What’s My Tax Code?

What's My Tax Code

Are you having trouble understanding your tax code? Read this guide to find out what your tax code means and what you should do if it is wrong. If you need further assistance after reading, then call HMRC (HM Revenue and Customs) on 0843 178 7329. HMRC can help you to change your tax code. They can also help you with arranging any outstanding tax payments or refunds.

Tax Codes Explained

Your tax code will tell your employer or pension provider the amount of income tax you need to pay. Tax codes start with a number and have a letter at the end. The tax code indicates your tax-free Personal Allowance and your tax rate. HMRC will calculate this and inform your employer of your tax code. An example is 1150L, which is the tax code for most people with only one source of income. This code entitles you to the standard tax-free Personal Allowance of £11,500 a year. Check your tax code online, update your details, and see how much tax you must pay this year.

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Letter
What It Means
L
Your Personal Allowance entitlement is the standard £11,500.
M
Marriage Allowance: you have 10% of your partner’s Personal Allowance.
N
Marriage Allowance: you gave your partner 10% of your Personal Allowance.
S
You are taxed according to the tax rates in Scotland.
T
Your tax code includes other calculations, such as a reduction for an estimated income above £100,000.
0T
You used up your Personal Allowance, or you started a new job and your employer can’t give you a tax code.
D0
HMRC taxes all of your income at the higher rate of 40% (used if you have more than one job or pension).
D1
HMRC taxes all of your income at the additional rate of 45% (used if you have more than one job or pension).
BR
HMRC taxes all of your income at the basic rate of 20% (used if you have more than one job or pension).
NT
You are not paying any tax on this income.

If your tax code begins with a K, this means that you have income worth more than the tax-free allowance which isn’t being taxed any other way. This could be because you are paying previous taxes through your wages or pension, or you receive taxable state benefits or company benefits.

Tax Rates Explained

One of these letter codes will replace the last digit of your tax-free Personal Allowance amount. This will then create your tax code. You need to make sure this tax code is accurate and you are paying tax at the correct rate for your income. The basic rate means that you have to pay 20% tax on earnings from £11,501 to £45,000. Next, the higher rate means that you need to pay 40% tax on earnings between £45,001 and £150,000. Finally, the additional rate means that you must pay 45% tax if you earn more than £150,000 a year. The tax rate applies to income over your tax-free Personal Allowance amount. Your Personal Allowance will be smaller than £11,500 if your income is over £100,000. It might be bigger if you claim Blind Person’s Allowance or Marriage Allowance.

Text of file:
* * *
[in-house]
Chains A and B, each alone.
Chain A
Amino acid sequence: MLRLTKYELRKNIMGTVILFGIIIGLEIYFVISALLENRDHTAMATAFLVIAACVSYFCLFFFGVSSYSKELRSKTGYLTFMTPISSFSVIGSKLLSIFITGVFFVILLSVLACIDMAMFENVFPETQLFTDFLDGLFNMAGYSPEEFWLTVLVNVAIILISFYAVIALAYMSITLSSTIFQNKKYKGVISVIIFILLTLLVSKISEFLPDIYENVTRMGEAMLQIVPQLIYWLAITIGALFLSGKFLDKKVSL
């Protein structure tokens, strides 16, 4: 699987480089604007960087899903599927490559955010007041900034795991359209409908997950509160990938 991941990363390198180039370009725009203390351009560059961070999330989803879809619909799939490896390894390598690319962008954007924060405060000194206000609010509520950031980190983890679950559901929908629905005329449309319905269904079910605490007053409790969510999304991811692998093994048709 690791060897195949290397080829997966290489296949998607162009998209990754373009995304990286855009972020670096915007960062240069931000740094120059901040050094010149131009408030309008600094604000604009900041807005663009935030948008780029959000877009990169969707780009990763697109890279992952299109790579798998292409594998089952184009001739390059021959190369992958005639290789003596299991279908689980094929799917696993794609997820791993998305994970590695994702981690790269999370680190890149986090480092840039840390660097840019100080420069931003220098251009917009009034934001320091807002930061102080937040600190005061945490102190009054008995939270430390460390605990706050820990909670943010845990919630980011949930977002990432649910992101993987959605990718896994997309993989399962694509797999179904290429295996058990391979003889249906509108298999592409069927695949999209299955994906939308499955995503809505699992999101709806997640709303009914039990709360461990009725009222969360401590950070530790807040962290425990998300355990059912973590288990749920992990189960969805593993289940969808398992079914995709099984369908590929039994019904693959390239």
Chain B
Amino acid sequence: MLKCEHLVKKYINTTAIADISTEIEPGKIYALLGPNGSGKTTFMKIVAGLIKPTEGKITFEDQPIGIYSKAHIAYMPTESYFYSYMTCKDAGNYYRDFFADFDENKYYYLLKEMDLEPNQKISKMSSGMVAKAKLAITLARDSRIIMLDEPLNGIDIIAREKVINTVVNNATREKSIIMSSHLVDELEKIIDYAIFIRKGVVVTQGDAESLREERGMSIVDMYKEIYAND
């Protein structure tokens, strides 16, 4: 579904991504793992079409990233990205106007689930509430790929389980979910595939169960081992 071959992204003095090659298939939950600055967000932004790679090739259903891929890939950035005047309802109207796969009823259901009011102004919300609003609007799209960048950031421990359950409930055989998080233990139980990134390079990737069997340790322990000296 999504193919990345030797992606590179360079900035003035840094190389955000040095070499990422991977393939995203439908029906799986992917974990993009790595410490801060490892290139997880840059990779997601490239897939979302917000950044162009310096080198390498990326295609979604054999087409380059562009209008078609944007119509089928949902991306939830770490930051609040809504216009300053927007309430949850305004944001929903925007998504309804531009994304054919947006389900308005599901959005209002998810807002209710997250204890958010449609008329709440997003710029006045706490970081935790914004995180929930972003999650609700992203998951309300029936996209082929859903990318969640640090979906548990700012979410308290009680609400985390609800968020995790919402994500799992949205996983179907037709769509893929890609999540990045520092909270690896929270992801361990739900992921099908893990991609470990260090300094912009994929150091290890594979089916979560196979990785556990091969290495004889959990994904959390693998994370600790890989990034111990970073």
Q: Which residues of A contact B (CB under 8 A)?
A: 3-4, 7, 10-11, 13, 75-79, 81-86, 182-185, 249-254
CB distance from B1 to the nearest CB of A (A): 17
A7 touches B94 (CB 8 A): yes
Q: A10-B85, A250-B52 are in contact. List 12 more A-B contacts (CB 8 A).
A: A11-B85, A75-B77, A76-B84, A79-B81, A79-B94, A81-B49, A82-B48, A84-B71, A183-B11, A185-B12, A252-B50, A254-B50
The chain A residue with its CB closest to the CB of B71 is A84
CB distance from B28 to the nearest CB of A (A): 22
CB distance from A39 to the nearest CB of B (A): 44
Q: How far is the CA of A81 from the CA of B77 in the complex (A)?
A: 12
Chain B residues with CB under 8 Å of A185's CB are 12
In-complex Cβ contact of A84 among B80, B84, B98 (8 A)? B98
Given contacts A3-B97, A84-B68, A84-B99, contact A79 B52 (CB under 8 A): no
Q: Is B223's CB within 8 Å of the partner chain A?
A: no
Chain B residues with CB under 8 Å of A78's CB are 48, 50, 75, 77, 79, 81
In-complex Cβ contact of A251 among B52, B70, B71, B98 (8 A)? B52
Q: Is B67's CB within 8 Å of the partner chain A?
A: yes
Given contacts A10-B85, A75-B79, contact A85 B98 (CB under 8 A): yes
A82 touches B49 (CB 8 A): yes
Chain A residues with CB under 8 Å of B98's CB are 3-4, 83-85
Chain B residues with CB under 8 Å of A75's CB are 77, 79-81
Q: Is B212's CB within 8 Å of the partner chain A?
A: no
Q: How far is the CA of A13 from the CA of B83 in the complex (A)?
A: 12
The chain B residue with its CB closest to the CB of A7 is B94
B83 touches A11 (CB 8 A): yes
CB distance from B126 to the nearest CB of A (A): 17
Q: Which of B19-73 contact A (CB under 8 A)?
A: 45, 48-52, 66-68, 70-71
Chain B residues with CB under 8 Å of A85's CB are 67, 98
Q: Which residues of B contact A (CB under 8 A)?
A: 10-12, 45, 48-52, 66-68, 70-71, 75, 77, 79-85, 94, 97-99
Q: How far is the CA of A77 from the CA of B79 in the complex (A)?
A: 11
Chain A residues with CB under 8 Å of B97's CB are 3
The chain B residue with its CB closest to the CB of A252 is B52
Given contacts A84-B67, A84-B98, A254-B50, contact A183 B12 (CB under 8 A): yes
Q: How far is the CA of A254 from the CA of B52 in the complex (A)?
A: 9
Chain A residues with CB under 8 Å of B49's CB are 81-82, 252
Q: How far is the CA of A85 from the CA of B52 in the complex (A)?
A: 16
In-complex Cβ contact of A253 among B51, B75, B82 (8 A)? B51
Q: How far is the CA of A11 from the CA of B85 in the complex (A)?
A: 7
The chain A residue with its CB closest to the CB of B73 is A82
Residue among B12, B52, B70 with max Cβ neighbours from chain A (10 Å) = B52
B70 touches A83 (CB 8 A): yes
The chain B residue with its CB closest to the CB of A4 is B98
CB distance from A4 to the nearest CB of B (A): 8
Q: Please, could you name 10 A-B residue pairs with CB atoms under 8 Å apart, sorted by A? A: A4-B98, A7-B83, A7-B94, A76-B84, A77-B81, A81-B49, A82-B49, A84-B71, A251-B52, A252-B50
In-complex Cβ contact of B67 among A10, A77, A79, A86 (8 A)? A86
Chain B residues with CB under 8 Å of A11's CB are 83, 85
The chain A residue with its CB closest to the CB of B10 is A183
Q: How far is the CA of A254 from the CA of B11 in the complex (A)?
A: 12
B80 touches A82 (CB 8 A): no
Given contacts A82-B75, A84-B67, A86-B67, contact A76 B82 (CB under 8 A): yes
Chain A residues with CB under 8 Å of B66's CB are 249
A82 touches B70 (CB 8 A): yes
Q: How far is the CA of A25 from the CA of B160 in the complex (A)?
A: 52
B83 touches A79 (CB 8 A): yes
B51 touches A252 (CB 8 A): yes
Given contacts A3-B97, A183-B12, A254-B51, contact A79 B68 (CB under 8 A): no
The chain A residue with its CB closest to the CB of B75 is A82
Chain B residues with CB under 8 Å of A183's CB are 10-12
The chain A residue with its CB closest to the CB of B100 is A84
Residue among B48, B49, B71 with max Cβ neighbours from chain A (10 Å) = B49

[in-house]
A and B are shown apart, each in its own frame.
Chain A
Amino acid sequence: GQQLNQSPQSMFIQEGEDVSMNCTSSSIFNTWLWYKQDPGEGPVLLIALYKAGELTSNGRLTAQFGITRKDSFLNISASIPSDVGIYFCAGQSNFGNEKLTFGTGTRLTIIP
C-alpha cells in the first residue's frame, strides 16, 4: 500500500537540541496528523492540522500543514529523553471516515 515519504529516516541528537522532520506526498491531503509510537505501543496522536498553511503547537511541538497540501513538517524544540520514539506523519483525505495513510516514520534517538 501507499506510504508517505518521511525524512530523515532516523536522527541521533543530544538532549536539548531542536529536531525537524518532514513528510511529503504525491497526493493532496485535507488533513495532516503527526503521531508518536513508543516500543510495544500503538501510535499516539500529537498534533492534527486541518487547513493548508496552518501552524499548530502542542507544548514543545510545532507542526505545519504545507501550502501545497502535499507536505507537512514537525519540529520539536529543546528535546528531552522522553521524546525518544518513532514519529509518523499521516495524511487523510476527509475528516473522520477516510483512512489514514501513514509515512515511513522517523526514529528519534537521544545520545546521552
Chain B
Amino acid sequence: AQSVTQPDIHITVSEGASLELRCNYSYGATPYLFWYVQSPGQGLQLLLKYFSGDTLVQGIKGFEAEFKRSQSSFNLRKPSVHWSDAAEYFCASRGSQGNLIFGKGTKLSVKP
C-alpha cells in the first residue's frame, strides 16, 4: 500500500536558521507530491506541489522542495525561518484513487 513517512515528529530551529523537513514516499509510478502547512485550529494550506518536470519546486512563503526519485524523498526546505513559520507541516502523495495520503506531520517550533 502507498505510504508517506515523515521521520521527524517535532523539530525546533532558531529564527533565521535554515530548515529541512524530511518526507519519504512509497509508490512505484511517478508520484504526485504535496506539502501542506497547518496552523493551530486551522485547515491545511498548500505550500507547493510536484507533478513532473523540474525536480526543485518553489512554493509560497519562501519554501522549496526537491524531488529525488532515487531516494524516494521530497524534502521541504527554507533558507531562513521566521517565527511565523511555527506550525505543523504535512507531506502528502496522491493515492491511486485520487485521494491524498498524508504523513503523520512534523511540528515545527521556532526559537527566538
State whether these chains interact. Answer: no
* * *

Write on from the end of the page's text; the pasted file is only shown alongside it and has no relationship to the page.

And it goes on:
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Emergency Tax Codes

You might find that your tax code has W1 or M1 at the end instead of any of the letters above. Your payslip might show 1150 W1, 1150 M1, or 1150 X. These are emergency tax codes, which are temporary. You will pay tax on all income above the basic Personal Allowance with these codes. It is likely that you will be on an emergency tax code if you start a new job. You might have begun working for an employer after previous self-employment. If you start receiving company benefits or the State Pension, your tax code might change to an emergency one temporarily. You should provide details of your previous income to your employer or HMRC (such as a P45). HMRC will then correct this and ensure that you are now on the right tax code for your circumstances.

Wrong Tax Code

If you think your tax code is wrong, it is important to check this as quickly as possible. Being on the wrong tax code means that you could be paying too much or too little tax. The sooner you resolve this, the easier it will be for you to pay back any tax you owe. You will also be able to get back any money you overpaid due to being on the wrong code. Tell HMRC about any changes to your income or benefits which will affect your tax payments. You should also contact HMRC if you make any tax relief claims, or a Marriage Allowance claim. HMRC will adjust your code so that you are paying tax correctly throughout the year. They will let you know whenever your code changes. If you had been paying the wrong amount of tax, the adjustments will show on your next payslip.